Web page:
Shopping on Penguins
I was pointed recently to Zappos as a near-perfect example of a company that brings the principles of open source to business. Its site is inventive and fancy (as you'd expect a clothing retailer to be), but not a triumph of design over utility. What's more, it's fast. I can check Web site responsiveness with some confidence, because our little apartment near Boston has 20Mb/s symmetrical service from Verizon FiOS (that's fiber, and pretty cheap, considering), and the speeds I get at the office I share at Harvard are more than twice that.
So I decided to see what they were running that site on, by checking with Netcraft.com's “What's that site running?” service. The answer was Linux. Zappos itself is in an Akamai Netblock, and of the 13 other results (all foo.zappos.com), the results for OS were Linux or “unknown”.
Then I decided to look beyond Zappos to other on-line retailers. Here are the results for the top ten, as listed by InternetRetailer.com, with sales volume numbers in parentheses. Results for companyname.com are first, and other results for each company are summarized in text (Netcraft gives results in lowercase):
1. Amazon.com Inc. ($14.8 billion): linux.
2. Staples Inc. ($5.6 billion): linux, through akamai.
3. Office Depot Inc. ($4.9 billion): the top result is linux for www.officedepot.com, but officedepot.com (without the dubs) is windows server 2003. Other foo.officedepot.com sites are a mix of the two and “unknown”.
4. Dell Inc. ($4.2 billion): f5-big-ip, though l.dell.com (Dell laptops) is linux and a couple of foo.dell.com sites are “unknown”.
5. HP Home & Home Office Store ($3.4 billion): hp-ux.
6. OfficeMax Inc. ($3.2 billion): f5-big-ip, with a mix of solaris, windows server 2003, linux and “unknown” among other officemax sites.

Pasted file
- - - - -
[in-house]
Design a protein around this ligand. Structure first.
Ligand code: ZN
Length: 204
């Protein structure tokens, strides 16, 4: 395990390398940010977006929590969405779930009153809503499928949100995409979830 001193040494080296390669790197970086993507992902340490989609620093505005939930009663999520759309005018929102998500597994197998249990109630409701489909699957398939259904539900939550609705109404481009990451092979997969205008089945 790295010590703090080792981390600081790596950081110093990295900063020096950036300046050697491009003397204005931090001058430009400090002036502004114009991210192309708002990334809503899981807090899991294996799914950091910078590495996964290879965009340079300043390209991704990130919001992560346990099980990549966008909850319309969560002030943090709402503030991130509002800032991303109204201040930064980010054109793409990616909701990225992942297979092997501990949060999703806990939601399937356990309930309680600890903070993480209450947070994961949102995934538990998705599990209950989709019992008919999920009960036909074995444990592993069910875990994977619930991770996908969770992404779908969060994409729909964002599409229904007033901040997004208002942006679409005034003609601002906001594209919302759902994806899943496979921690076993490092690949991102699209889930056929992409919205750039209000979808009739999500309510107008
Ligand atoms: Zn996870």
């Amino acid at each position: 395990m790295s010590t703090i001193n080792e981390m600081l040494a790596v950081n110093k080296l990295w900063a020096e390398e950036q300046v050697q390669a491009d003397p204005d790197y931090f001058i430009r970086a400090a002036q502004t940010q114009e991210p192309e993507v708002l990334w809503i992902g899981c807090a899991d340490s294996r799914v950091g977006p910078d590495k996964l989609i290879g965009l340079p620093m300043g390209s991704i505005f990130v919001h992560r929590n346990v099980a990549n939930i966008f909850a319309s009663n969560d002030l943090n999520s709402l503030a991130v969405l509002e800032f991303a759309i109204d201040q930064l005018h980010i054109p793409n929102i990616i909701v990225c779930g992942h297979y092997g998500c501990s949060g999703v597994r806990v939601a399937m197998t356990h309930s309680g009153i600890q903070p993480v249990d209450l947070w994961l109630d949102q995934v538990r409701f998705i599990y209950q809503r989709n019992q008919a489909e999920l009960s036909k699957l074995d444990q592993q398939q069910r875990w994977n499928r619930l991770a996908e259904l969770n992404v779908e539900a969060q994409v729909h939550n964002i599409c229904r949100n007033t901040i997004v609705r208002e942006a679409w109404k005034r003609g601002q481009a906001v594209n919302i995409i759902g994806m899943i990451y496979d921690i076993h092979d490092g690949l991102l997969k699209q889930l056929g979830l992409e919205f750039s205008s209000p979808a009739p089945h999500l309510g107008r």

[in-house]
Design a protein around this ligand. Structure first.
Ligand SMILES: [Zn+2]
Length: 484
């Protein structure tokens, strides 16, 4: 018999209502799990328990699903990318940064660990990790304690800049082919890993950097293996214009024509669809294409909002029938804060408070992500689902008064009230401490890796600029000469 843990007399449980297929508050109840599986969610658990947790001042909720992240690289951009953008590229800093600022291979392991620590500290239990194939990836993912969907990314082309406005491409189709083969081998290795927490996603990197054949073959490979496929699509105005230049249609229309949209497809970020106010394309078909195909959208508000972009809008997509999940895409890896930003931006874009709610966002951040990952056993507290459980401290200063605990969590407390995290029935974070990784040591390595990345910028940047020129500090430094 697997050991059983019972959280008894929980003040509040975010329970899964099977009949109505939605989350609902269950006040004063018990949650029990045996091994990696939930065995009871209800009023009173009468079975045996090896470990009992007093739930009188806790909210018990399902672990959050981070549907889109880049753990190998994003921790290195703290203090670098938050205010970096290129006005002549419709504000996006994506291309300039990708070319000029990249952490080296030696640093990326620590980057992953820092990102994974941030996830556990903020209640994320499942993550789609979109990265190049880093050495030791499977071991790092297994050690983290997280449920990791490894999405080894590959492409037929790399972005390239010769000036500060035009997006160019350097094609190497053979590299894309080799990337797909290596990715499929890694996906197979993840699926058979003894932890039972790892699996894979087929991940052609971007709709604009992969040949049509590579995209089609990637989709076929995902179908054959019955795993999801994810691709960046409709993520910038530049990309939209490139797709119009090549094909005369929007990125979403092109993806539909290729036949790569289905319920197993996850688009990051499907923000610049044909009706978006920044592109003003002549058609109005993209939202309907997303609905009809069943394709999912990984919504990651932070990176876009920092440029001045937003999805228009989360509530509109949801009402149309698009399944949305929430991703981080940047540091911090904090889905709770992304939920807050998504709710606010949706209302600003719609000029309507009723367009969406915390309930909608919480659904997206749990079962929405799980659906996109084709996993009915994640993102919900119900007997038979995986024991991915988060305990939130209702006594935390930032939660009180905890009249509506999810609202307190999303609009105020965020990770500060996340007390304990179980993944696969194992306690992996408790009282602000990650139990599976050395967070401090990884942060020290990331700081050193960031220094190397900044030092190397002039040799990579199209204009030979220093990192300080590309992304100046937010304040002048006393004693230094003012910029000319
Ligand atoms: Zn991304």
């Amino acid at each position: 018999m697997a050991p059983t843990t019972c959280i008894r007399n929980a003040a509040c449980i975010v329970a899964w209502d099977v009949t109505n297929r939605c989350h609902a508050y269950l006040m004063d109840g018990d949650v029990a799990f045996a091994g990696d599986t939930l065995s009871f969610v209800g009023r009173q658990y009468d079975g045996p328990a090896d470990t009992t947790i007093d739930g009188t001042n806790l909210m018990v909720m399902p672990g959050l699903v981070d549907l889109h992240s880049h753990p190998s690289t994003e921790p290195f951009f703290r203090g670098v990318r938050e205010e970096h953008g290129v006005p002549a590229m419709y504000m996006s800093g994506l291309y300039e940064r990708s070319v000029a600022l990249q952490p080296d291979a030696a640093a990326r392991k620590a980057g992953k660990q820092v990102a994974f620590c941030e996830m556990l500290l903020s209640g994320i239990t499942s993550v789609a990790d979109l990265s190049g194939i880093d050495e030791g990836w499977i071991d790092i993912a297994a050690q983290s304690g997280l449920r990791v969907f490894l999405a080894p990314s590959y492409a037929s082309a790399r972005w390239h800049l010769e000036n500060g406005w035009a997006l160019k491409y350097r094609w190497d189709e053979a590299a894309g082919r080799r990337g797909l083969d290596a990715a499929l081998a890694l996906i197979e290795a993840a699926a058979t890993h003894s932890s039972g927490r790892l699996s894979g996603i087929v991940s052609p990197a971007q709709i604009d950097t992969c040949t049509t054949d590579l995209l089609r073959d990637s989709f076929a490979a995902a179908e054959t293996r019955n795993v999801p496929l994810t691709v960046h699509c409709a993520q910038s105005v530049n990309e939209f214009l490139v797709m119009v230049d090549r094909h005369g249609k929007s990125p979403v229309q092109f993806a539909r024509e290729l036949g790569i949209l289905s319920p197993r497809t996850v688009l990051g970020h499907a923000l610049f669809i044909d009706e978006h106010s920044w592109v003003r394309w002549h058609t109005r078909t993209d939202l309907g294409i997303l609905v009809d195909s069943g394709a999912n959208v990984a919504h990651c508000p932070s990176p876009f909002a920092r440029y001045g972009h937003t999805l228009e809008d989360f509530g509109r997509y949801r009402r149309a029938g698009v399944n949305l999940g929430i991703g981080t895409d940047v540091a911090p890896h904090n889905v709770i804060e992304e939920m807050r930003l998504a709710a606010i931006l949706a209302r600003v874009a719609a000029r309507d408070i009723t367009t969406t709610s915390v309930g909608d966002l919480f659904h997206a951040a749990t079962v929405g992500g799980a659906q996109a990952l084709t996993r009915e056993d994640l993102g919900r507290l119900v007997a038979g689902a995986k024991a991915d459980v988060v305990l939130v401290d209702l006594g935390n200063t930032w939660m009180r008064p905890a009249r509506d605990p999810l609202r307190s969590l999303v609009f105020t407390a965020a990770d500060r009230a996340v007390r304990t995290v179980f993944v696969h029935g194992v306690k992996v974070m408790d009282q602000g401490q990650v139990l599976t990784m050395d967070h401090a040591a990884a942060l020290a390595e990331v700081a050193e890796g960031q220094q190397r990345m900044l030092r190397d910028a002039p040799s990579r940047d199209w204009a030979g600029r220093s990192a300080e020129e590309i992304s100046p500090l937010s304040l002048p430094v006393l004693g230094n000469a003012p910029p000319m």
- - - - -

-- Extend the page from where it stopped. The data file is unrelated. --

7. Apple Inc. ($2.7 billion): “unknown”, but the company uses linux through akamai for a number of foo.apple.com sites.
8. Sears Holding Corp. ($2.6 billion, includes Sears.com and Kmart.com): for sears.com, linux, plus some “unknown”, solaris, f5-big-ip and windows server 2003 for sears.com.mx. For kmart.com, linux (through akamai), plus linux (with and without akamai) for various foo.sears.com sites. Kmart.com.au is windows 2000. Most of the rest are linux, plus a couple “unknown” and one f5-big-ip.
9. CDW Corp. ($2.4 billion): the top result is linux for www.cdw.com (through akamai). cdw.com (sans dubs) is f5-big-ip. The rest are a mix of linux and f5-big-ip, with one windows server 2003.
10. Newegg: windows server 2003, though linux shows up in five out of the nine foo.newegg.com results.
Although that summation is far from a complete picture, or even a completely accurate one for this Top Ten, it's clear that the picture can't be painted without linux as the most primary color.
Internet Retailer Top 500 Retail Web Sites: www.internetretailer.com/top500/list.asp
Doc Searls is Senior Editor of Linux Journal
Webinar: 8 Signs You’re Beyond Cron
11am CDT, April 29th
Join Linux Journal and Pat Cameron, Director of Automation Technology at HelpSystems, as they discuss the eight primary advantages of moving beyond cron job scheduling. In this webinar, you’ll learn about integrating cron with an enterprise scheduler.Join us!
|Android Candy: Intercoms||Apr 23, 2015|
|"No Reboot" Kernel Patching - And Why You Should Care||Apr 22, 2015|
|Return of the Mac||Apr 20, 2015|
|DevOps: Better Than the Sum of Its Parts||Apr 20, 2015|
|Play for Me, Jarvis||Apr 16, 2015|
|Drupageddon: SQL Injection, Database Abstraction and Hundreds of Thousands of Web Sites||Apr 15, 2015|
- "No Reboot" Kernel Patching - And Why You Should Care
- Android Candy: Intercoms
- DevOps: Better Than the Sum of Its Parts
- Return of the Mac
- Drupageddon: SQL Injection, Database Abstraction and Hundreds of Thousands of Web Sites
- Designing Foils with XFLR5
- Non-Linux FOSS: .NET?
- Play for Me, Jarvis
- Consent That Goes Both Ways